Pelvic inflammatory disease (PID) is an infection of the female reproductive organs. The reproductive system includes the uterus, fallopian tubes, ovaries, and nearby tissues in the lower belly (pelvis). The infection starts at the cervix, which is the opening of the uterus into the vagina. The infection then moves up through the whole reproductive system. If the infection is not treated, it could spread to other parts of your body. It might cause long-term pelvic pain and scarring that could make it hard for you to get pregnant. Prompt and complete treatment is very important to try to keep your ability to have children.
PID is most common among younger women who have sex, especially with multiple partners. It rarely happens after menopause.
What is the cause?
Having sex with someone who is infected with gonorrhea or chlamydia is the most common cause. Other types of bacteria normally found in the vagina and on the cervix can cause also cause PID.
You may have an increased risk of PID:
After a miscarriage, termination of pregnancy (also called abortion), or childbirth
Rarely, with use of an IUD for birth control, especially within the first 20 days after the IUD is put inside your uterus
After pelvic surgery
If you have a new sex partner or more than 1 sex partner
If your only sex partner has more than 1 sex partner
If you frequently douche (clean out the vagina with water or other fluids)
What are the symptoms?
Sometimes there are no symptoms. When you do have symptoms, they may include:
Pain in the lower belly
Heavy vaginal discharge
Irregular or heavy menstrual periods
Pain during sex
Pain or burning when you urinate or have a bowel movement
Chills or high fever, nausea, or vomiting
How is it diagnosed?
Your healthcare provider will ask about your symptoms, sexual activity, and medical history. Your provider will examine you, including a pelvic exam. Tests may include:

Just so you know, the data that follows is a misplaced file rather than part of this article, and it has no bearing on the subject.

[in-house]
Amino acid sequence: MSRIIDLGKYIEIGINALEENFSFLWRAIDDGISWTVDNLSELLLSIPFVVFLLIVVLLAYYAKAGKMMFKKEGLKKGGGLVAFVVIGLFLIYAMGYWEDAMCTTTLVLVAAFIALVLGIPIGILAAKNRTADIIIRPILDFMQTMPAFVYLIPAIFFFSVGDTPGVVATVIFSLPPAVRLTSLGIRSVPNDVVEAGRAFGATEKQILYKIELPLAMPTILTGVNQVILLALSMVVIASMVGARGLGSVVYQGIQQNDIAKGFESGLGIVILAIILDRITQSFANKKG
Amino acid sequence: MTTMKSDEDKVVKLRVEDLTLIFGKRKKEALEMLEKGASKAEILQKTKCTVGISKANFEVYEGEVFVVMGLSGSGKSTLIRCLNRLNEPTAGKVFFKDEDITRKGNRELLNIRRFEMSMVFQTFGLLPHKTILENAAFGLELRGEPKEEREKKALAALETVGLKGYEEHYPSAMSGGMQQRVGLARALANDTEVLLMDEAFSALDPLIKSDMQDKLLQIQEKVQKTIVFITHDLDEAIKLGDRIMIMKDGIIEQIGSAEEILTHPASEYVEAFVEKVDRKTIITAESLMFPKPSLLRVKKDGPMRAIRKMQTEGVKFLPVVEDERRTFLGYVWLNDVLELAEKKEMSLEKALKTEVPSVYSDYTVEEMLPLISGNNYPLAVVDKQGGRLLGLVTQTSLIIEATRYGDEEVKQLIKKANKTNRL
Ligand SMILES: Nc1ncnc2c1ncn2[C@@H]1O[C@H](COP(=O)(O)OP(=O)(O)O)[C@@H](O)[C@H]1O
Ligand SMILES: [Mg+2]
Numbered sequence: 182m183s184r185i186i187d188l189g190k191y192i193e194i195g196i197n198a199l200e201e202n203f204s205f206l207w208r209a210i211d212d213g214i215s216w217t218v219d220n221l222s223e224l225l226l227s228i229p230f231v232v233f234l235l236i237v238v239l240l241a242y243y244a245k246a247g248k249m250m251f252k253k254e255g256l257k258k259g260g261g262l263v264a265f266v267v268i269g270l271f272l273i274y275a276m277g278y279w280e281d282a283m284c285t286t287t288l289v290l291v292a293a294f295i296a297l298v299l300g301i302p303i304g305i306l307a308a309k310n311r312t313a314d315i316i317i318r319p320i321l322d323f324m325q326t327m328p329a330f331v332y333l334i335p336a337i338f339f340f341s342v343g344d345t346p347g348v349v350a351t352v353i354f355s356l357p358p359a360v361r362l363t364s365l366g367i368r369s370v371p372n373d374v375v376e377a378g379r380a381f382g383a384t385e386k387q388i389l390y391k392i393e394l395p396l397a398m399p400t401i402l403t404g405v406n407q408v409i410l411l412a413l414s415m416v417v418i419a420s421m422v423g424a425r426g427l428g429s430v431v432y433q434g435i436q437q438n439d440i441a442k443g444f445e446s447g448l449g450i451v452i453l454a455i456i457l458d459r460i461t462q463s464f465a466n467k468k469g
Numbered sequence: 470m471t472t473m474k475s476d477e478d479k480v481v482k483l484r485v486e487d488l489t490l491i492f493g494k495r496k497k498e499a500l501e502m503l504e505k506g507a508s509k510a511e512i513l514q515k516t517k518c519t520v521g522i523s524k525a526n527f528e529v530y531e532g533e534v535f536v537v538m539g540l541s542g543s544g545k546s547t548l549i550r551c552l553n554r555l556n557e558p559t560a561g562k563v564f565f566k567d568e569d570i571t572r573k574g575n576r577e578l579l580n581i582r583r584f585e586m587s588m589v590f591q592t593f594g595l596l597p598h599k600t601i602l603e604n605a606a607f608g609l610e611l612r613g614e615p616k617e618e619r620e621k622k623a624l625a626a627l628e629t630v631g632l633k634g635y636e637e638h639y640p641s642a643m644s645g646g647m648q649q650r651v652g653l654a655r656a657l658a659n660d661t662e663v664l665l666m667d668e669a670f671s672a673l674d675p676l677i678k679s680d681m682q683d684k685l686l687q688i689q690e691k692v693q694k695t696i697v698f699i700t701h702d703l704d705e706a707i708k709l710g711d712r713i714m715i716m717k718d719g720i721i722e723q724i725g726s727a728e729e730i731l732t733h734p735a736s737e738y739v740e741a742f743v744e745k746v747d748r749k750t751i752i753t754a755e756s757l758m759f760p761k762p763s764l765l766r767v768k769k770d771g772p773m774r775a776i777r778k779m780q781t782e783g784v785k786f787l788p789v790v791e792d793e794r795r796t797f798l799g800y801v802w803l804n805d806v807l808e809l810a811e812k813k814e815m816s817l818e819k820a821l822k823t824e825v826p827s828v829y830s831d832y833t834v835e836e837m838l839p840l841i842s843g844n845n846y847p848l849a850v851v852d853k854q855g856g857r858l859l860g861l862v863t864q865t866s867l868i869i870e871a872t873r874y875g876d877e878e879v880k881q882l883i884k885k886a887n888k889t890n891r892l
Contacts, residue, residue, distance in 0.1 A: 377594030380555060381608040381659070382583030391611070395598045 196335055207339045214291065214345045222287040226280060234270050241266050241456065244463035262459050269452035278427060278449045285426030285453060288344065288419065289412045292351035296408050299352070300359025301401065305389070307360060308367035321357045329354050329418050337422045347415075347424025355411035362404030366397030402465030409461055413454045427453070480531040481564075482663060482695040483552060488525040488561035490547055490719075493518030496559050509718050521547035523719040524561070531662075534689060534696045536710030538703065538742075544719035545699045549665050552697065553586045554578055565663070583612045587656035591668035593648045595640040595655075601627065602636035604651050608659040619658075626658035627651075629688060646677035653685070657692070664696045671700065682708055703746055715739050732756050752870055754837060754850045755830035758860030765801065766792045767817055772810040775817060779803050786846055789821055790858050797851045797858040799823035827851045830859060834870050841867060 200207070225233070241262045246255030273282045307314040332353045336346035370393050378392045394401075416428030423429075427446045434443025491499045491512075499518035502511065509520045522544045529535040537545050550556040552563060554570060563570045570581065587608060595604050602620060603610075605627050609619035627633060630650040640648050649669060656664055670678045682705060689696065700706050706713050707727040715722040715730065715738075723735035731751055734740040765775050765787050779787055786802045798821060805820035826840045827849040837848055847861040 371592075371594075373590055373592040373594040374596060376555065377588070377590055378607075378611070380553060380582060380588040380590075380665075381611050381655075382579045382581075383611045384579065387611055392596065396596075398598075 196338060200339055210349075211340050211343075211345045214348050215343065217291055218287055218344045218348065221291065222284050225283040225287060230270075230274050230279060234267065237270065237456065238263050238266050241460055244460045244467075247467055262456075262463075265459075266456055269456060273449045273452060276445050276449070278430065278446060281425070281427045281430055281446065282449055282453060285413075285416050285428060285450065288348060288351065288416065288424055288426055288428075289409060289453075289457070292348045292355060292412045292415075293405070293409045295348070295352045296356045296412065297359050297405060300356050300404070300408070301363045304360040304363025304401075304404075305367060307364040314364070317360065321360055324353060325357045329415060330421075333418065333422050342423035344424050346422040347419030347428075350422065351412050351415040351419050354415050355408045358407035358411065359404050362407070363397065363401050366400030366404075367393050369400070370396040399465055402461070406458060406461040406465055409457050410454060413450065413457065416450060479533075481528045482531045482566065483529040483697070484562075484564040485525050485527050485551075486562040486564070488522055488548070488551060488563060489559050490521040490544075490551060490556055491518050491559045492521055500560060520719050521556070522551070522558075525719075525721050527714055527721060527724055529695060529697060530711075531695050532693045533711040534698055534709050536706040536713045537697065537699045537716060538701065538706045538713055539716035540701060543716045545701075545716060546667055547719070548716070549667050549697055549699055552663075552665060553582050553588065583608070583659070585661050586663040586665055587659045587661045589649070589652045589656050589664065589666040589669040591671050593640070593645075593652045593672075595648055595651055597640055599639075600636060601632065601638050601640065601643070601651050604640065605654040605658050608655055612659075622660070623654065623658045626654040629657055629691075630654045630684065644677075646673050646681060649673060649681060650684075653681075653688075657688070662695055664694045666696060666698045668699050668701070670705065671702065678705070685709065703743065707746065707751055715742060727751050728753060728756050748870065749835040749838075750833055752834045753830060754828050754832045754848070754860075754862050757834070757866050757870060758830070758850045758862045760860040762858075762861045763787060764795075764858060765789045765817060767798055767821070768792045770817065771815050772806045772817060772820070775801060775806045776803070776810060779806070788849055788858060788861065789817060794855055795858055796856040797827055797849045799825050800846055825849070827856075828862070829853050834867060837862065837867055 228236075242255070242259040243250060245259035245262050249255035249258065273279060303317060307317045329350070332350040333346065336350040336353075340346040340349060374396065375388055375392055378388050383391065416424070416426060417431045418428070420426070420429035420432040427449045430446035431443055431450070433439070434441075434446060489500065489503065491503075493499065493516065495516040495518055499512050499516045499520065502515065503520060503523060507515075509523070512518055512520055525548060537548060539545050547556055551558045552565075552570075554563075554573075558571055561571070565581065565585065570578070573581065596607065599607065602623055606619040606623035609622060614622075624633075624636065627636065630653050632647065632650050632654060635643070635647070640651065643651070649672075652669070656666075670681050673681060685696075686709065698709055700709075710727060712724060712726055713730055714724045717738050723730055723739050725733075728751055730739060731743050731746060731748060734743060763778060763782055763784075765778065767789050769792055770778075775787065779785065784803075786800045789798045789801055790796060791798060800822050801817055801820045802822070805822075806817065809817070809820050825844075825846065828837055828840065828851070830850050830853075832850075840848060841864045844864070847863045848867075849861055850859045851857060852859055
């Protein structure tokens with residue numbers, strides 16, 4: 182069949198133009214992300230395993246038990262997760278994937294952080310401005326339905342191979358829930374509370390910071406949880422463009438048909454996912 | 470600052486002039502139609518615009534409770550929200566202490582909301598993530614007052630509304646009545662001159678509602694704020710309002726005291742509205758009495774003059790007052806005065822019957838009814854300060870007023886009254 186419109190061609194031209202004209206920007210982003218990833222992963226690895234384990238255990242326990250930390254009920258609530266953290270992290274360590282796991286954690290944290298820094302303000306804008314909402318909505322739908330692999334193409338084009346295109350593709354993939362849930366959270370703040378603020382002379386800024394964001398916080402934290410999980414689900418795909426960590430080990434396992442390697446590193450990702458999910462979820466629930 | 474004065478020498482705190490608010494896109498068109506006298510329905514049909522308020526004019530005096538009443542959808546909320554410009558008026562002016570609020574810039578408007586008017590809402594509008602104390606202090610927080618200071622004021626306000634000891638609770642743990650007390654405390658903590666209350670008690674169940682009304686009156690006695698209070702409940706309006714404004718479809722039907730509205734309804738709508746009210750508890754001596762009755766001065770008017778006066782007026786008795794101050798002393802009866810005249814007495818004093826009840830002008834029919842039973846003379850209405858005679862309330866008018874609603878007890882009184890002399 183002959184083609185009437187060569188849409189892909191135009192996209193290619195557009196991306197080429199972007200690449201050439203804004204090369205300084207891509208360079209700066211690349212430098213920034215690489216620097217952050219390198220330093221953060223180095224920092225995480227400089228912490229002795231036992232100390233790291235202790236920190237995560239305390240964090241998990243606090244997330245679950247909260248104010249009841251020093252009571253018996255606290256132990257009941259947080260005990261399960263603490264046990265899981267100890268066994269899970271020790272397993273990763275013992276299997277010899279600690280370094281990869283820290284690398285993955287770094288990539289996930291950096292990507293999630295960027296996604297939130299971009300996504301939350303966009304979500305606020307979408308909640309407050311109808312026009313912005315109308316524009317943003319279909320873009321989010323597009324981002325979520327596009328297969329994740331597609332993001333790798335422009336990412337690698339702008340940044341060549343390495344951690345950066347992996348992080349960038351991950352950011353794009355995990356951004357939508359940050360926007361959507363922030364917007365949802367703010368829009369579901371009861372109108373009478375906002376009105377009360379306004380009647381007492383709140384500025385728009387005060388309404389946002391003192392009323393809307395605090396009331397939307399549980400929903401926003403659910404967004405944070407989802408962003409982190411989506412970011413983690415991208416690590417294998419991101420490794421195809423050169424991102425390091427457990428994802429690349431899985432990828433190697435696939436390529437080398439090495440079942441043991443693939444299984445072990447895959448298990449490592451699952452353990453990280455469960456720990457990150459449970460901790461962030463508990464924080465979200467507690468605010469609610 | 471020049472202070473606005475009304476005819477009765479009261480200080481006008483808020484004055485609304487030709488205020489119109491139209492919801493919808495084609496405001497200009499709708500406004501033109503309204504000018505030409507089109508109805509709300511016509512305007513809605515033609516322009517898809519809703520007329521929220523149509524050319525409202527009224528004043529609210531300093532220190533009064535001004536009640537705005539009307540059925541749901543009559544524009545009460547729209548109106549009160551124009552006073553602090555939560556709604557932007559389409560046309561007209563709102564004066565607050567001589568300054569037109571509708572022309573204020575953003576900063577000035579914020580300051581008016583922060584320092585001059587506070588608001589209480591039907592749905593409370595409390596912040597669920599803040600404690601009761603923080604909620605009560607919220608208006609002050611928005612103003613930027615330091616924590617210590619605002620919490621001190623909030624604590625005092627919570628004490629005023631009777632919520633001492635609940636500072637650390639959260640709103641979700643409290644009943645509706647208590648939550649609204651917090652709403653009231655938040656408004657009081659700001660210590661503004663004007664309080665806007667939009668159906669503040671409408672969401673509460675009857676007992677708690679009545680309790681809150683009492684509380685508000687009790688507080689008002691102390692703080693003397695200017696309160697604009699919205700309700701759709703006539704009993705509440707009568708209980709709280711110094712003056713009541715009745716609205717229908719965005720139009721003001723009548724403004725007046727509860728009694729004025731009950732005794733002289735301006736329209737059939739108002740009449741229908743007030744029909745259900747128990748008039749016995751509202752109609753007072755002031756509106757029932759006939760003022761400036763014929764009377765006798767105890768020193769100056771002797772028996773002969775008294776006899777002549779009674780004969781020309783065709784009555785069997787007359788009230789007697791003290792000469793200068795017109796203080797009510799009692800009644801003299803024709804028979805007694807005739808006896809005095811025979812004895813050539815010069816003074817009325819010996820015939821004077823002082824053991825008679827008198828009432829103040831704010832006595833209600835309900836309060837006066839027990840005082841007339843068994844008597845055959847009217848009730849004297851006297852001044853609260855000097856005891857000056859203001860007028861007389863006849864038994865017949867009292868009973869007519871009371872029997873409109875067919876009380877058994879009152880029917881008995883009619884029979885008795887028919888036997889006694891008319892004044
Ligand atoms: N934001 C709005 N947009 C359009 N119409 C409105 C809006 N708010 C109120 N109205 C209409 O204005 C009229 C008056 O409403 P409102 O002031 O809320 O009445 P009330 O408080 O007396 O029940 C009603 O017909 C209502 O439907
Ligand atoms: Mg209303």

Tests of samples of blood, vaginal discharge, and urine
An ultrasound, which uses sound waves to show pictures of the organs in your pelvis
Pregnancy test (abdominal pain and vaginal bleeding can be symptoms of a pregnancy that is outside the uterus)
Laparoscopy, which uses a small lighted tube put into the belly through a small cut to look at the organs and tissues inside your belly and pelvis. Your provider may remove a sample of tissue (biopsy) for tests.
If your healthcare provider thinks you have PID, he or she may talk to you about testing for HIV (the virus that causes AIDS) and other sexually transmitted diseases or infections (also called STDs or STIs). If your provider thinks your infection was caused by an STD, your partner(s) must be examined and treated.
What is the treatment?
Some PID infections can be treated with antibiotic shots or pills.
A more serious infection needs several days of IV antibiotics. This may be done in the hospital or emergency room, at your healthcare provider’s office, or sometimes at home with visits from a nurse. After several days of IV antibiotics, you will need to take antibiotics by mouth.
Your provider may prescribe pain medicine.
You will usually start to feel better 2 to 3 days after starting treatment. Make sure you finish all of the medicine as prescribed.
If you have pus in your pelvis (an abscess), you may need surgery to remove or drain it. If you have an IUD, your healthcare provider will probably remove it.
How can I take care of myself?
Follow your healthcare provider’s instructions and take all of your medicine as prescribed.
Rest and take acetaminophen, ibuprofen, aspirin, or other medicines recommended or prescribed by your provider for pain relief and fever. Read the label and take as directed. Unless recommended by your healthcare provider, you should not take these medicines for more than 10 days.